15. Guidelines for predicting dietary intake of pesticide residues, 2nd rev. ed. Geneva, World Health Organization, 1997 (unpublished document WHO/FSF/FOS/97.7; available from Food Safety, WHO, 1211 Geneva 27, Switzerland).

16. Meng ZM, Zheng YN. Determination of asiaticoside contained in sanjinplan. Zhongguo yaoke daxue xuebao, 1988, 19:205–206.

17. Castellani C, Marai A,Vacchi P. The Centella asiatica. Bolletin chimica farmacia, 1981, 120:570–605.

18. Reynolds JEF, ed. Martindale, the extra pharmacopoeia, 30th ed. London, Pharmaceutical Press, 1993:756.

19. Gravel JA. Oxygen dressings and asiaticoside in the treatment of burns. Laval medicine, 1965, 36:413–415.

20. Bosse JP et al. Clinical study of a new antikeloid agent. Annals of plastic surgery, 1979, 3:13–21.

21. Morisset R et al. Evaluation of the healing activity of Hydrocotyle tincture in the treatment of wounds. Phytotherapy research, 1987, 1:117.

22. Chaudhuri S et al. Use of common Indian herb Mandukaparni in the treatment of leprosy (preliminary report). Journal of the Indian Medical Association, 1978, 70:177– 180.

23. Darnis F et al. Use of a titrated extract of Centella asiatica in chronic hepatic disorders. Semaine hospitaux de Paris, 1979, 55:1749–1750.

24. Bonte F et al. Influence of asiatic acid, madecassic acid, and asiaticoside on human collagen I synthesis. Planta medica, 1994, 60:133–135.

25. Maquart FX et al. Stimulation of collagen synthesis in fibroblast cultures by triterpene extracted from Centella asiatica. Connective tissue research, 1990, 24:107– 120.

26. May A. The effect of asiaticoside on pig skin in organ culture. European journal of pharmacology, 1968, 4:177–181.

27. Rosen H, Blumenthal A, McCallum J. Effect of asiaticoside on wound healing in the rat. Proceedings of the Society of Experimental Biology and Medicine, 1972, 125:279.

28. Shin HS et al. Clinical trials of madecassol (Centella asiatica) on gastrointestinal ulcer patients. Korean journal of gastroenterology, 1982, 14:49–56.

29. Chatterjee TK, Chakraborty A, Pathak M. Effects of plant extract Centella asiatica L. on cold restraint stress ulcer in rats. Indian journal of experimental biology, 1992, 30:889–891.

30. Adesina SK. Studies on some plants used as anticonvulsants in Amerindian and African traditional medicine. Fitoterapia, 1982, 53:147–162.

31. Kiesewetter H. Erfahrungsbericht über die Behandlung von Wunden mit Asiaticosid (Madecassol). Wiener medizinische Wochenschrift, 1964, 114:124–126.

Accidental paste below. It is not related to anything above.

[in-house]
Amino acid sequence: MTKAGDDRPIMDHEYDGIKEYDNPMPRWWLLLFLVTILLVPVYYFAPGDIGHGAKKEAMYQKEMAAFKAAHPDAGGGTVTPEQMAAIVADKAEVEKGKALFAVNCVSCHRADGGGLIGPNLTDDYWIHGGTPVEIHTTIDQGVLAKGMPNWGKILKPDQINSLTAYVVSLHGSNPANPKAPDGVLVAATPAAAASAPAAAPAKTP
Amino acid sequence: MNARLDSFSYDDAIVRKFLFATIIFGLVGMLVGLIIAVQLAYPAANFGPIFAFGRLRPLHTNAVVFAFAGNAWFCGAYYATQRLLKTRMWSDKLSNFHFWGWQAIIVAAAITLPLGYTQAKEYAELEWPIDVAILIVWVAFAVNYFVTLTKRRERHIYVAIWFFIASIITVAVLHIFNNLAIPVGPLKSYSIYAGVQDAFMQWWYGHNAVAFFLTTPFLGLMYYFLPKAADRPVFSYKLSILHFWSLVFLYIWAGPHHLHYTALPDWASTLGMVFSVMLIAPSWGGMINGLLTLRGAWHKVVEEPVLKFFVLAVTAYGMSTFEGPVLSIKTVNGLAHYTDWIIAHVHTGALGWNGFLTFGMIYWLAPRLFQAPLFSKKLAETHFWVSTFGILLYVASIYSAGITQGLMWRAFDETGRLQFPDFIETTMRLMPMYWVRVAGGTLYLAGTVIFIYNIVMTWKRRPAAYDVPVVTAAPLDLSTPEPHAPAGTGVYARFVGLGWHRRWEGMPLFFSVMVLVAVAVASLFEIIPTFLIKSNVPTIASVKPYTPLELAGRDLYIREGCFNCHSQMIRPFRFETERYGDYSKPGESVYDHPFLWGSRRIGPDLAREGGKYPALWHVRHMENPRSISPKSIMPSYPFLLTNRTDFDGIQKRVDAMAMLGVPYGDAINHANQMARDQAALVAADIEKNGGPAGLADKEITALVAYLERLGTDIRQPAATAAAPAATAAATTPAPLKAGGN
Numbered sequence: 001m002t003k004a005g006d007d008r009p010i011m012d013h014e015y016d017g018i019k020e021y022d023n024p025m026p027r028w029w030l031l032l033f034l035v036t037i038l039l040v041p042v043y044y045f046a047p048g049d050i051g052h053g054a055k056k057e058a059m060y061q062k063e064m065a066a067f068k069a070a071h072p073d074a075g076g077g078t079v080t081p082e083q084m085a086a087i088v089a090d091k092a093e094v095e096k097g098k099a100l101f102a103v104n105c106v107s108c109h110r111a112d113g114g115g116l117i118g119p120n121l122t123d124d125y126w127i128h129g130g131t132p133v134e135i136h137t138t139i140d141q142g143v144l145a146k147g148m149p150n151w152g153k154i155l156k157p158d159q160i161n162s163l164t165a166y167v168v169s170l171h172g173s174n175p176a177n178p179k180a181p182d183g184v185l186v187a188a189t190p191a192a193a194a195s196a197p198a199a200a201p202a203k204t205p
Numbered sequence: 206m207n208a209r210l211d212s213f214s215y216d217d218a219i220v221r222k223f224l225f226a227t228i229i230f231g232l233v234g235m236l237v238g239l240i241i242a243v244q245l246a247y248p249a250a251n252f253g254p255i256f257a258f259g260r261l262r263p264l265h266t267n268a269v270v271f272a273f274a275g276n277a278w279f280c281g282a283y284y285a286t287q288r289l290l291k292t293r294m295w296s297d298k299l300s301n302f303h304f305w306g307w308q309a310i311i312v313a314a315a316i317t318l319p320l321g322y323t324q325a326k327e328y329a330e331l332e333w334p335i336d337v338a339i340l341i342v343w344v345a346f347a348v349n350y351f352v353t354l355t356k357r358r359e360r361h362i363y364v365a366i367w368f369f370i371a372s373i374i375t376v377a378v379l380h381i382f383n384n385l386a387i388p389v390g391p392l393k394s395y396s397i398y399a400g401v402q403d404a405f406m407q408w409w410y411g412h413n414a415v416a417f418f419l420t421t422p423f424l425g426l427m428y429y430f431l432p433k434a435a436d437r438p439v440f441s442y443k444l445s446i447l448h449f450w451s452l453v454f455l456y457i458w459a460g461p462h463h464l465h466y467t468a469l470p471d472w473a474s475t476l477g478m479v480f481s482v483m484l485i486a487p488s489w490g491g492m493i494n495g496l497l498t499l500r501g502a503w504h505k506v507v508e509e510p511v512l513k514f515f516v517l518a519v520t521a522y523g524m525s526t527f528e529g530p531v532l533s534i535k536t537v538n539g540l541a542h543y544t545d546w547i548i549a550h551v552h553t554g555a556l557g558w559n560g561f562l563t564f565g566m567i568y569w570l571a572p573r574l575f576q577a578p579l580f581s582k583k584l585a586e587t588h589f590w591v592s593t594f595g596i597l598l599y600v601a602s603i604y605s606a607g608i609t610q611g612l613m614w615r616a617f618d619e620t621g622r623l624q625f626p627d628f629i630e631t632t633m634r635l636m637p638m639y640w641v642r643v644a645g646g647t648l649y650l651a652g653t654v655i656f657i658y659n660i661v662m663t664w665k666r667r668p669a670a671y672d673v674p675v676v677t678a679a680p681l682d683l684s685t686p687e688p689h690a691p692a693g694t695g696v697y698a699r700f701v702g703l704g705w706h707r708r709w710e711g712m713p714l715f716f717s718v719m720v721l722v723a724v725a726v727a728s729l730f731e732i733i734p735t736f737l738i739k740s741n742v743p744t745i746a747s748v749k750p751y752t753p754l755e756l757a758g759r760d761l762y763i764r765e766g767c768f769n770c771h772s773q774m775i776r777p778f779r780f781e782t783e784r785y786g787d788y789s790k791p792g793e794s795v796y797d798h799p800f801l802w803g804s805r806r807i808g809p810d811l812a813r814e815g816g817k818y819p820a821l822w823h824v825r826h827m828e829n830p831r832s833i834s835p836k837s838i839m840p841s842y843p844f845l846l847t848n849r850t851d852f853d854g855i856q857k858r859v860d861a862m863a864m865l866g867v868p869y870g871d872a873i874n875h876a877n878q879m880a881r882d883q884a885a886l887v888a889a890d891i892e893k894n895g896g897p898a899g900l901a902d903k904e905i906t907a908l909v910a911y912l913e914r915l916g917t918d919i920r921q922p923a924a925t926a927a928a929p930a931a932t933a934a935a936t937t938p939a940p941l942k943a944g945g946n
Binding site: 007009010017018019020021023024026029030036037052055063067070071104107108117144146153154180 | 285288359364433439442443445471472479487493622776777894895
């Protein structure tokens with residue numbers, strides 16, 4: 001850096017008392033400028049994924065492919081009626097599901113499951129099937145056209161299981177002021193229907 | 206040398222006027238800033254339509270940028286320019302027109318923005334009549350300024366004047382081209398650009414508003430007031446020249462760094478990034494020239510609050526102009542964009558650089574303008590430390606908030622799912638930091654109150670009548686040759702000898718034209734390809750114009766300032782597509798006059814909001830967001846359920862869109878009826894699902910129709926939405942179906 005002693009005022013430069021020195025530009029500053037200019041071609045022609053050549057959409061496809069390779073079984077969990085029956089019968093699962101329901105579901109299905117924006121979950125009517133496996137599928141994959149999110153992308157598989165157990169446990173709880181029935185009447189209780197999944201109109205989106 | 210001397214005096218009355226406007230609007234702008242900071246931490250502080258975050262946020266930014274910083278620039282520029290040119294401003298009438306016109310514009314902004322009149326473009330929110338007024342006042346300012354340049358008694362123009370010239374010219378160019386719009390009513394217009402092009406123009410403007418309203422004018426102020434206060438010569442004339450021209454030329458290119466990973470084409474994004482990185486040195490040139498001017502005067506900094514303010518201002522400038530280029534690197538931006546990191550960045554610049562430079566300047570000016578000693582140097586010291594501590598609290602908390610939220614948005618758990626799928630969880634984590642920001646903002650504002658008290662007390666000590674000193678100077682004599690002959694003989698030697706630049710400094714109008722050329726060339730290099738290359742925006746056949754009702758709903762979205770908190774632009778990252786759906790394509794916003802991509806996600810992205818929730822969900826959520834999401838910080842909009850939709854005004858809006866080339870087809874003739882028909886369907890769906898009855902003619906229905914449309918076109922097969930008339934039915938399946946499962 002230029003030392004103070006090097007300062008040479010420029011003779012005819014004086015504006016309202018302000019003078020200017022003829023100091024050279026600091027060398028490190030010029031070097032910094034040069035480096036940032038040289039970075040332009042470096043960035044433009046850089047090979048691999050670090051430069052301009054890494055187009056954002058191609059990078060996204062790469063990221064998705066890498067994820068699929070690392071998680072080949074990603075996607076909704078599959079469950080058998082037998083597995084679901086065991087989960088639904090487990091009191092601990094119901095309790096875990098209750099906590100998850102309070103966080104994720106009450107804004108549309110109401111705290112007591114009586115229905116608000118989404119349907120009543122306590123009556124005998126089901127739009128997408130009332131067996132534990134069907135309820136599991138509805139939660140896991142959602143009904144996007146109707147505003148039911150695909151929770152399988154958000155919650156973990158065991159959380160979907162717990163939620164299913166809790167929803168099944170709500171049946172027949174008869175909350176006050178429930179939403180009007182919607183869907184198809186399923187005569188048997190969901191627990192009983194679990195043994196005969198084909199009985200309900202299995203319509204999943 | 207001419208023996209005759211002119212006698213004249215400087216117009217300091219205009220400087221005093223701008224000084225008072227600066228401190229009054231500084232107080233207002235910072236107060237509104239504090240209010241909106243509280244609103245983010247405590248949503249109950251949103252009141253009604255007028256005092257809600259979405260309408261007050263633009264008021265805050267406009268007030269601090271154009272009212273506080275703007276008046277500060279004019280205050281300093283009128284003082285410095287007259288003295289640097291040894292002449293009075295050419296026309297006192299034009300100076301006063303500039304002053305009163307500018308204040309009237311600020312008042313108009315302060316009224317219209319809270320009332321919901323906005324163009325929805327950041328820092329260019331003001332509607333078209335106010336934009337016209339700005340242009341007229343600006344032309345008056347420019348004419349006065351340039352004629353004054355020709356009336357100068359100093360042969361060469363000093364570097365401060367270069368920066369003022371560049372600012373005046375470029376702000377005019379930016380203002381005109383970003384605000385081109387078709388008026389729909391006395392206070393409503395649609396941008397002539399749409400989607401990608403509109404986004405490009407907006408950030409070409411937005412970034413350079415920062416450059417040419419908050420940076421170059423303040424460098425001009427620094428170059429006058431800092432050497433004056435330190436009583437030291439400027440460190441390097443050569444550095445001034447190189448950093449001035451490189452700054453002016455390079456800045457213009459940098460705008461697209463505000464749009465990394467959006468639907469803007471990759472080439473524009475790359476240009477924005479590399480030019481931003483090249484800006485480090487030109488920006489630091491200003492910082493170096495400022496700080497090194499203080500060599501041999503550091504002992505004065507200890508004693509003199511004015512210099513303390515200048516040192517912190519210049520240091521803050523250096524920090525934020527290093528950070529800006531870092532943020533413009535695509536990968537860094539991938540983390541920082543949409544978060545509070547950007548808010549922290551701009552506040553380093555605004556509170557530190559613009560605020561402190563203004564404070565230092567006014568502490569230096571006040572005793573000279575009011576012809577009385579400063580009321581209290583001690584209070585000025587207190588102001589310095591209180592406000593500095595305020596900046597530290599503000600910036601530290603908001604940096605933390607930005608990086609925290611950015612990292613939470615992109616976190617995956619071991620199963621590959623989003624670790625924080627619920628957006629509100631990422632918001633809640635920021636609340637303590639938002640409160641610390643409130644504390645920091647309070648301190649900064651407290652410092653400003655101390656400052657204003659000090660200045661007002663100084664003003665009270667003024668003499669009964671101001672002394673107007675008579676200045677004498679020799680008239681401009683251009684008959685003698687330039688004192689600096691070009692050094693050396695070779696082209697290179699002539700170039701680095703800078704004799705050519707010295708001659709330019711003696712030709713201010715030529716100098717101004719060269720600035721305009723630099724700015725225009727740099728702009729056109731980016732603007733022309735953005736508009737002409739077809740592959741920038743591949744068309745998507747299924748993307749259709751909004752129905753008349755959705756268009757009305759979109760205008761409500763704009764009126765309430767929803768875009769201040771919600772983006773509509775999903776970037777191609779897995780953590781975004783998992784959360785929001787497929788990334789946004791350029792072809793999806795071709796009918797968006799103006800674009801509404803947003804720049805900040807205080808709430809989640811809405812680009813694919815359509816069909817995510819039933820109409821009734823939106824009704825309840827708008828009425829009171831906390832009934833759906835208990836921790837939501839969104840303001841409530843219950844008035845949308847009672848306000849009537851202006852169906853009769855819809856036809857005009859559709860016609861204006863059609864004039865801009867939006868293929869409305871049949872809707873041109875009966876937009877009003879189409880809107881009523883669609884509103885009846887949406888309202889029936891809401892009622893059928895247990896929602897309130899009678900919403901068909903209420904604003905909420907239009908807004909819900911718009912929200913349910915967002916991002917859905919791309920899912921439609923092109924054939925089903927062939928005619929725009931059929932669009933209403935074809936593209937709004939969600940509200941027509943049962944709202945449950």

32. Boiteau P, Ratsimamanga AR. Asiaticoside extracted from Centella asiatica, its therapeutic uses in healing of experimental or refractory wounds, leprosy, skin tuberculosis, and lupus. Therapie, 1956, 11:125–149.

33. Boiteau P, Ratsimamanga AR. Cicatrizants of vegetable origin and the biostimulins. Bulletin de la Société Scientifique de CASSI, 1957, 32:28.

34. Huriez C. Action of the titrated extract of Centella asiatica in the cicatrization of leg ulcers (10 mg tablets). Apropos of 50 cases. Lille medicale, 1972, 17(Suppl. 3):574–579.

35. Bourde C, Bourde J. The place of cicatrizing agents in leg ulcers. Semaine des hôpitaux de Paris, 1952, 2:105–113.

36. Mayall RC et al. U'lceras troficas-Acbo cicatricial do extrato titulad da Centella asiatica. Review of Brasilian medicine, 1975, 32:26–29.

37. Chakrabarty T, Deshmukh S. Centella asiatica in the treatment of leprosy. Science and culture, 1976, 42:573.

38. Nebout M. Résultats d'un essai controlé de l'extrait titre de Centella asiatica (E.T.C.A.) (I) dans une population lepreuse presentant des maux perforants plantaires. Bulletin de la Société de Pathologie exotique, 1974, 67:471–478.

39. Rhee JC, Choi KW. Clinical effect of the titrated extract of Centella asiatica (madecassol) on peptic ulcer. Korean journal of gastroenterology, 1981, 13:35–40.

40. Cho KH et al. Clinical experiences of madecassol (Centella asiatica) in the treatment of peptic ulcer. Korean journal of gastroenterology, 1981, 13:49–56.

41. Lythgoe B, Trippett S. Derivatives of Centella asiatica used against leprosy. Centelloside. Nature, 1949, 163:259–260.

42. Laerum OD, Iversen OH. Reticuloses and epidermal tumors in hairless mice after topical skin applications of cantharidin and asiaticoside. Cancer research, 1972, 32:1463–1469.

43. Izu R et al. Allergic contact dermatitis from a cream containing Centella asiatica extract. Contact dermatitis, 1992, 26:192–193.

44. Danese P, Carnevali C, Bertazzoni MG. Allergic contact dermatitis due to Centella asiatica extract. Contact dermatitis, 1994, 31:201.

45. Hausen BM. Centella asiatica (Indian pennywort), an effective therapeutic but a weak sensitizer. Contact dermatitis, 1993, 29:175–179.